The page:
5 Questions with Gary Strang
March 15, 2015
Gary Strang, PLA, ASLA, AIA founded GLS in 1993. He serves as principal of the multidisciplinary firm, which specializes in the integration of architecture, infrastructure, and landscape. He has taught at UC Berkeley and at Davis, exhibited work in New York, San Francisco, and Berkeley, and lectured and published widely on issues of infrastructure and landscape.
What are you drawing inspiration from right now?
In general, I do not look at designed landscapes for inspiration. I prefer to look at naturally occurring, vernacular, urban or industrial landscapes that have emerged organically from their circumstances because I believe these new ecologies are the key to generating meaningful contemporary landscapes. Each GLS project emerges from the unique social, economic, urbanistic and ecological circumstances of the site, which are far more interesting than formal strategies.
Beyond that, travel and hearing people’s life stories are always a source of inspiration. Fresh in my mind is a recent lecture I attended by Jared Diamond who wrote The Third Chimpanzee, Guns, Germs and Steel, Collapse, and The World Until Yesterday. He has had three amazing careers in physiology, ornithology, and geography, and has risked his academic credibility by becoming a brilliant generalist. I like his work because he is, in the most illuminating way, raising the red flag about ecological collapse, by putting forward case studies of societies that have succeeded or failed in the management of their resources. One of the stories I like best is how Japan went from the brink of ecological collapse in the 1400s to being a world power in the 1800s through a sophisticated program of reforestation that strengthened every aspect of society. He has maintained that real wealth comes from the soil.
What potential for sustainability most excites you on one of your current projects?
We have some high-rise work in San Francisco that I find particularly engaging. The density supports a high quality of materials and details, while the level of integration of landscape and architectural systems and spaces is very high. With nearly every horizontal surface dedicated to landscape, and with rainwater capture, greywater reuse, and chiller water captured for fountains, we can see the beginning of a trend where landscapes and buildings are becoming one organism. While this is a new development, it is highly reminiscent of the best pre-industrial landscapes where water capture, storage, and reuse — both practical and ornamental — all took place within the building footprint or in the immediate urban setting. Here, I am thinking about Roman and Islamic water systems and cisterns located beneath buildings and plazas.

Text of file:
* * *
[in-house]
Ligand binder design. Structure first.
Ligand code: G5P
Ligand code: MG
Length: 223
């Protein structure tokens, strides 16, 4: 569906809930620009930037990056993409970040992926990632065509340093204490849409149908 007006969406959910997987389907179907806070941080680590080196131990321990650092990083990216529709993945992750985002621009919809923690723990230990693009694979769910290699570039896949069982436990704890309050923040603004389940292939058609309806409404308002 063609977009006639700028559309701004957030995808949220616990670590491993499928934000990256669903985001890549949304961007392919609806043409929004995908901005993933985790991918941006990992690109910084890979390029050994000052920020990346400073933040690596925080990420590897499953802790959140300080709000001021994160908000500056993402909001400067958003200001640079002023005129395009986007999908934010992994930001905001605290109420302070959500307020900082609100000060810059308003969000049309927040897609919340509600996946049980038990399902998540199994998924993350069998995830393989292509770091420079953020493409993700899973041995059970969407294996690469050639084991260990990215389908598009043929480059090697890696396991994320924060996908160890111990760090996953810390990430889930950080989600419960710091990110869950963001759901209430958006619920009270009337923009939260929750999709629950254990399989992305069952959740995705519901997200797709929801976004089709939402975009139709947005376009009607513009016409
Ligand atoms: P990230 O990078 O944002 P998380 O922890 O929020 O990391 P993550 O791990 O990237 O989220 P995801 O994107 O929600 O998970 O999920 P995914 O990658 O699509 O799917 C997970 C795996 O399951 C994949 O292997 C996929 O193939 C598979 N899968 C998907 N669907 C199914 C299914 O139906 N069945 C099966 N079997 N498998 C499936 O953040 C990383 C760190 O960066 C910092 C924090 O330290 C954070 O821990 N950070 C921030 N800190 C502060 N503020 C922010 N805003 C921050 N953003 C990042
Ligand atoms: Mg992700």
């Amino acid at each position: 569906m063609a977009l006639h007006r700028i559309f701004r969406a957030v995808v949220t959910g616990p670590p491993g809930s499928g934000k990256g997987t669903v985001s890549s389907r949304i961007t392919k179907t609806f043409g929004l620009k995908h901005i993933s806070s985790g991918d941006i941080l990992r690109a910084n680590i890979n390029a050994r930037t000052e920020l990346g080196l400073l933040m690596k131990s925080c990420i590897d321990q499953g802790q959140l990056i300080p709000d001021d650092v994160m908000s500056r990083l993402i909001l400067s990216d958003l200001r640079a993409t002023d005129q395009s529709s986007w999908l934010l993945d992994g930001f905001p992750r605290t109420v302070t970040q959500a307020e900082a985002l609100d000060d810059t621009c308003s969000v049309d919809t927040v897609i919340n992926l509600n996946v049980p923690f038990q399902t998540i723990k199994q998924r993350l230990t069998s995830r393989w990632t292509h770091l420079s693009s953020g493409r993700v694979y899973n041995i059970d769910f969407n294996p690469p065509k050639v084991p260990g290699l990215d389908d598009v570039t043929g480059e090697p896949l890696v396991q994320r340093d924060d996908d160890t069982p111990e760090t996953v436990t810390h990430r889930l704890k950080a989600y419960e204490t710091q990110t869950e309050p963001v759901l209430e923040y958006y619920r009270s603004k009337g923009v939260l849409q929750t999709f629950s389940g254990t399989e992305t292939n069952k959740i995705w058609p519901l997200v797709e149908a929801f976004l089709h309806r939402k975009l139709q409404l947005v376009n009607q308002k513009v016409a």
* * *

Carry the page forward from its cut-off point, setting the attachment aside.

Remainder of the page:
What do you need to know, but you don’t know right now?
I would like to know how to better quantify the economic benefits of a superbly designed landscape, and how to talk about it in terms that a client would find compelling. I think most people intuitively understand that cities with memorable open spaces are more highly valued perceptually and economically. However, convincing clients to invest in beautiful spaces is difficult because this is a fuzzy long-term economic benefit, that can easily be traded off. Creating a space that has the potential to anchor a district or transform a neighborhood is not an economic benefit that can be easily understood like a bedroom, bathroom, or parking space. As private investors take on a larger and larger responsibility in the development of urban open space and amenities, it would be helpful to learn how to better speak their language.
What advice would you give to emerging leaders in the profession?
I think young professionals already understand that much of the really exciting and innovative work, such as waterfronts and the transformation of formerly industrial space, is the result of urban densification. We need to be city builders as much as garden designers. Therefore, I believe that multidisciplinary action is more important than ever, and landscape architects can be more effective by developing expertise in other fields such as economics, civil engineering, structures, architecture, or industrial design.
What challenge would you give to emerging leaders in the profession?
Following on the previous question, I think the big leap for landscape architecture is to augment our behavioral, ecological, and horticultural expertise by focusing equally on craft, precision, detailing, and materials. Given the highly-controlled nature of urban commissions, we will have to be better versed in the constructed aspects of the contemporary landscape if we want to have a seat at the table.
GLS Landscape/Architecture is based in a large studio in San Francisco’s Mission district. The multi-disciplinary firm sees contemporary landscapes as fundamentally intertwined with architecture, urban infrastructure, and natural systems. As such, the firm designs places where simplicity and spatial clarity are a means of addressing complex site-planning issues. GLS projects integrate interior and exterior spaces and materials, reinforce spatial ideas through horticultural design, and solve problems associated with new ecologies.
Any opinions expressed in this interview belong solely to the author. Their inclusion in this article does not reflect endorsement by LAF.